Entrepreneurship can be downright frightening, especially for young entrepreneurs. Having an experienced mentor (like you!) can help ease someone's transition into the small business world, and you can help a young entrepreneur bring their ideas to life.
The best mentor-mentee relationships will benefit both parties. You'll offer the wisdom you've acquired from your experiences, and perhaps you'll even find some inspiration thanks to the newest, and possibly the youngest, member of your network. Here's how to make the most of this new relationship so that you can be an excellent and successful mentor.
Finding a young entrepreneur to mentor
You may already know a young entrepreneur that you'd like to mentor. But, if you don't, there are resources available that can pair you with a bright, motivated mentee. Micromentor.org is one option for matching mentors to mentees, and their easy-to-use website works like any other social networking tool.
If you'd prefer to stick to someone closer to your personal network simply make sure that people know you're open to becoming a mentor. Word of mouth is a powerful tool, and your business contacts may already know someone who could benefit from your knowledge. If you think you know someone who could use a mentor, don't be afraid to reach out, either.
Once you have a young entrepreneur you'd like to mentor be sure that both of you get the most out of this strategic business relationship.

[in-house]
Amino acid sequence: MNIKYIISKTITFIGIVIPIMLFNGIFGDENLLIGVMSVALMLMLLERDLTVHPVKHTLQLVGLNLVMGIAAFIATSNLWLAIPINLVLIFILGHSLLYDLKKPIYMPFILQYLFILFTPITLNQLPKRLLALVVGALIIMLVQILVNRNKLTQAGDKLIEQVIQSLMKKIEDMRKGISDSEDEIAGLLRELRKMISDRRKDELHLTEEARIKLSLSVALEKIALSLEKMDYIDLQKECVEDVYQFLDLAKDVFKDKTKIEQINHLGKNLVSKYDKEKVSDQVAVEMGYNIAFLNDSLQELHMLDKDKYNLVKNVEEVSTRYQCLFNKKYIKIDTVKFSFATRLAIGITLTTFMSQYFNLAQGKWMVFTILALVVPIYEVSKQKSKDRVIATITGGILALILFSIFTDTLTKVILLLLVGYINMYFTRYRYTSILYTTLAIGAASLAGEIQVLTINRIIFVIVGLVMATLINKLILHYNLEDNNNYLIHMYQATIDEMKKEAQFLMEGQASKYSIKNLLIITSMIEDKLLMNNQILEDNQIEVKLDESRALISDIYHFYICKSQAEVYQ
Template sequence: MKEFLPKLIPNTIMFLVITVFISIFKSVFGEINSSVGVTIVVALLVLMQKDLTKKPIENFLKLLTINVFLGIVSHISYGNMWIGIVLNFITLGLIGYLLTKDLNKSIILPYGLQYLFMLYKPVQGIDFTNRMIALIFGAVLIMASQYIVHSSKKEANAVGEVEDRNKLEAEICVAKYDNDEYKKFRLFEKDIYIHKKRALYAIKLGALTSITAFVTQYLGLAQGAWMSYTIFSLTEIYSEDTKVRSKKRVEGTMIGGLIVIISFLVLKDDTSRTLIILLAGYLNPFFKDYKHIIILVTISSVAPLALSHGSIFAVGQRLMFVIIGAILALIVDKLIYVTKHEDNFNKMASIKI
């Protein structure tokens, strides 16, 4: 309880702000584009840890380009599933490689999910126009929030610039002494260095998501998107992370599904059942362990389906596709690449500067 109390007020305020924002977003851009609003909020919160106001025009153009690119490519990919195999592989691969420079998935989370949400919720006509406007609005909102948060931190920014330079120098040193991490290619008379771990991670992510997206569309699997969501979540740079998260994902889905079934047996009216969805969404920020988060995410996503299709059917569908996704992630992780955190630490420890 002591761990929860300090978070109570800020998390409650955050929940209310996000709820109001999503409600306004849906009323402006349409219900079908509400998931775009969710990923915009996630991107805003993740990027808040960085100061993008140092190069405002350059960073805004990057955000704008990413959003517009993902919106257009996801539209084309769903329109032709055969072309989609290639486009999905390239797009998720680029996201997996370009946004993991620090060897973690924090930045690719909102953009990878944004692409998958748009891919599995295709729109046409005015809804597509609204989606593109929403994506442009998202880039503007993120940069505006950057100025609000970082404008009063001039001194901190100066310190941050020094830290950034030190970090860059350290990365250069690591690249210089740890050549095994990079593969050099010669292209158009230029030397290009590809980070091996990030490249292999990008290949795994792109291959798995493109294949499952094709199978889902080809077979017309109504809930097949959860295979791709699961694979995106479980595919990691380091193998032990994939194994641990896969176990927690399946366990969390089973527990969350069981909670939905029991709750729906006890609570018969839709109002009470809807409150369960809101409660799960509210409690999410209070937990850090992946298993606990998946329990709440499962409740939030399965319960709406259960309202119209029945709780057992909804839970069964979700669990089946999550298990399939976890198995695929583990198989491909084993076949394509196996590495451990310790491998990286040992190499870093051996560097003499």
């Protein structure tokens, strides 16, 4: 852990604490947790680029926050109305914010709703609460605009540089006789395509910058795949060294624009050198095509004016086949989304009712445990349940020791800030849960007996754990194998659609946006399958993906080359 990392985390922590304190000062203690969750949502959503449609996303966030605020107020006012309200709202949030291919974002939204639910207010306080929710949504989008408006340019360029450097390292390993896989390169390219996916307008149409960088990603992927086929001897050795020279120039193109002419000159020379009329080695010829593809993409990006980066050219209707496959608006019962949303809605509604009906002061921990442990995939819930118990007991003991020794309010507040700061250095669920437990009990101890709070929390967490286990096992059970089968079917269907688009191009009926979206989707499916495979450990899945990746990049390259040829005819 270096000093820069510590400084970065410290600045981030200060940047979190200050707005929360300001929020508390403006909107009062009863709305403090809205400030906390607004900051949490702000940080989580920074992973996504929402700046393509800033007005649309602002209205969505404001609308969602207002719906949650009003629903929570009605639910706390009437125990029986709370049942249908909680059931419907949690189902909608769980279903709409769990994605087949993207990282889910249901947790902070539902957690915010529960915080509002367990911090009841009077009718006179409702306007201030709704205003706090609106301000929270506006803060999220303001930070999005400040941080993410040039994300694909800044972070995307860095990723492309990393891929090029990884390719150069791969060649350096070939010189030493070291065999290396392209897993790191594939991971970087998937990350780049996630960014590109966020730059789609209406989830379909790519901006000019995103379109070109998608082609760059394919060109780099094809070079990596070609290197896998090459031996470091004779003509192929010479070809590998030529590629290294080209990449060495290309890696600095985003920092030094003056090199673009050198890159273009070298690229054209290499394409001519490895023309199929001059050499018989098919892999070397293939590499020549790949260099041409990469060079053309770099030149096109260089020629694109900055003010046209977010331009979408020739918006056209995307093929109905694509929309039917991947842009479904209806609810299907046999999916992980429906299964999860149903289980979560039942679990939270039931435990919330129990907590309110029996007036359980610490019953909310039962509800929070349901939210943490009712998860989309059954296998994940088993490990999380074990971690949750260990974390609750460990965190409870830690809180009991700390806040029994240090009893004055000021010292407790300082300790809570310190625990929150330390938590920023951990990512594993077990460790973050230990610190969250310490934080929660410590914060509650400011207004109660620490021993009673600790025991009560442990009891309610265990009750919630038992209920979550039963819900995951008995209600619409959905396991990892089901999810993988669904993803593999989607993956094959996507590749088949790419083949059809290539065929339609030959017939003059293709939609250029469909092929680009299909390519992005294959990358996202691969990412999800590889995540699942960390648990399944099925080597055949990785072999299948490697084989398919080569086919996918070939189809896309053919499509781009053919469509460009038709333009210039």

Teach them the basics
While many young entrepreneurs are extremely intelligent, they might need some help learning more about basic business practices, especially in regards to finances. Did you have a solid understanding of money when you were young? It's likely that you didn't.
Ensure that your mentee knows that you don't have to spend excessively to succeed, and that budgeting is vital to growth. Help them figure out things like their fixed overhead costs and how much of their product or service they need to sell to meet those costs. Teach them about insurance, making sure there's enough money for taxes, and other important details that often get overlooked.
While you're at it, speak to them about bargaining. It's a helpful skill that will undoubtedly save them money throughout their career.
Be a consistent mentor
Young entrepreneurs need consistency. Before you establish a relationship ensure that you can spend enough quality time working with your potential mentee. Schedule regular meetings in-person or online, check in via email, and try to answer their questions in a timely manner.
You can even conduct regular surveys to get feedback about how the mentee feels about the relationship so that you can gauge whether your time together has been productive. You probably love having metrics and data for your business. Try to acquire it in this important business relationship, too.
Mentor with metrics
Speaking of metrics, it's important that you know how you're going to measure the success of this business relationship, both on an interpersonal level and a business level.
Requesting feedback from your mentee is one option, but you should also focus on the metrics of their business. Help them determine standards for profits, productivity, time, and other data points. Then, guide them toward achievement by holding them accountable every step of the way.
Learn from the person you're mentoring
As a mentor for a young entrepreneur you'll primarily be helping them navigate the world of starting and owning a business. But, you'll probably learn quite a bit from them, too. The business and technology realm is changing rapidly and there are always new innovations on the market. The person you're mentoring may very well have an arsenal of digital knowledge that you can apply to your own business.
The investors on the popular TV show Shark Tank know that they can learn a thing or two from the people they mentor. You can, too.